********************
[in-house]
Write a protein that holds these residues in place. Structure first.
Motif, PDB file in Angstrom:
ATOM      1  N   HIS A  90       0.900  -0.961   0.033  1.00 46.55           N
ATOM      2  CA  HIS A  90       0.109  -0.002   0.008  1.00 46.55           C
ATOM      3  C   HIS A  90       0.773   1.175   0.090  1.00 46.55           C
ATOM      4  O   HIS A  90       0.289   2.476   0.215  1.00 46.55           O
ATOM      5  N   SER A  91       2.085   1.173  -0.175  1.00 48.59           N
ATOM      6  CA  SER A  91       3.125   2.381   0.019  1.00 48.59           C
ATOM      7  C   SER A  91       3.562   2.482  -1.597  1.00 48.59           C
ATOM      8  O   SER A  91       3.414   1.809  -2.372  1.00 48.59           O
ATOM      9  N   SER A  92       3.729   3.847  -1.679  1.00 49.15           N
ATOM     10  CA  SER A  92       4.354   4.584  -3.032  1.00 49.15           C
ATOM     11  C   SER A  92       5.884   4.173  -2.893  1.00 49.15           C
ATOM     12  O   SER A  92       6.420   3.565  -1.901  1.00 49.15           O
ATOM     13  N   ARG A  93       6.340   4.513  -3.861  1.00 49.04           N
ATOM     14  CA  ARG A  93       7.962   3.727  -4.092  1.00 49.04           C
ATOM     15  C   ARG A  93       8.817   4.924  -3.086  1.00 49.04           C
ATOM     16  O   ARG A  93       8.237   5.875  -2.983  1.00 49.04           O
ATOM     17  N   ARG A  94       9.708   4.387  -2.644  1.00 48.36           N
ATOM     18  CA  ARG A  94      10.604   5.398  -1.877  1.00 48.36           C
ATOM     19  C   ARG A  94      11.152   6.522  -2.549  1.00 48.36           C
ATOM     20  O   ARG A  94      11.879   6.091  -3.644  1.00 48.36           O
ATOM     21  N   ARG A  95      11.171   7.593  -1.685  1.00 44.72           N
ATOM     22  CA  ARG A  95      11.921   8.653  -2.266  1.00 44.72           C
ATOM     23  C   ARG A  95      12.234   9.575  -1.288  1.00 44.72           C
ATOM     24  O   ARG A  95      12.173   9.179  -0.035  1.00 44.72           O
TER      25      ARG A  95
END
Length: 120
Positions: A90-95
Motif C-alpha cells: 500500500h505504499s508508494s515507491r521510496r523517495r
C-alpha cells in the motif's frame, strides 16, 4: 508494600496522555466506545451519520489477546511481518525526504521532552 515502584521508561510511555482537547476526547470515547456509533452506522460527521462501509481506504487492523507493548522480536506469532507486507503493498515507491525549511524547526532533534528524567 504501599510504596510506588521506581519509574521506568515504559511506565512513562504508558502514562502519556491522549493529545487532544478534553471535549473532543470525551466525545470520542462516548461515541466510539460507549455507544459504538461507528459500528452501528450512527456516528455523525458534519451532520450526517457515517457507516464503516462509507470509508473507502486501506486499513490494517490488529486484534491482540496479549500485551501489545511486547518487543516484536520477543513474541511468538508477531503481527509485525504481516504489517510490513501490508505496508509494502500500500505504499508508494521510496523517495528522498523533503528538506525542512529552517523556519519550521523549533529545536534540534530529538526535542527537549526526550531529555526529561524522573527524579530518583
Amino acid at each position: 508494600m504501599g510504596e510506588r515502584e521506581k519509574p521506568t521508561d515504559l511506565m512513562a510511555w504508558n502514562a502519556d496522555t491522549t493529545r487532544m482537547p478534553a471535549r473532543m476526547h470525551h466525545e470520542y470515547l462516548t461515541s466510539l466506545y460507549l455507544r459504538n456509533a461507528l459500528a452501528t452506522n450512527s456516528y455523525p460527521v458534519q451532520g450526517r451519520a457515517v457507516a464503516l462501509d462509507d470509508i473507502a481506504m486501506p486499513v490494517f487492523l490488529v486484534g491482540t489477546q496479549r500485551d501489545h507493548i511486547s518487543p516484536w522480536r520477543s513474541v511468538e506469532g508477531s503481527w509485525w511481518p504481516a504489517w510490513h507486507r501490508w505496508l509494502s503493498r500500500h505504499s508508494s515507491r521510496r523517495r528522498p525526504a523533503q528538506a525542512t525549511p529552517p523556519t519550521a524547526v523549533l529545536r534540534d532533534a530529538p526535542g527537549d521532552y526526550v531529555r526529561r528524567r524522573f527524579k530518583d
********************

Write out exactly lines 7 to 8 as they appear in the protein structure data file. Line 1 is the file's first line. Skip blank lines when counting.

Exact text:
ATOM      4  O   HIS A  90       0.289   2.476   0.215  1.00 46.55           O
ATOM      5  N   SER A  91       2.085   1.173  -0.175  1.00 48.59           N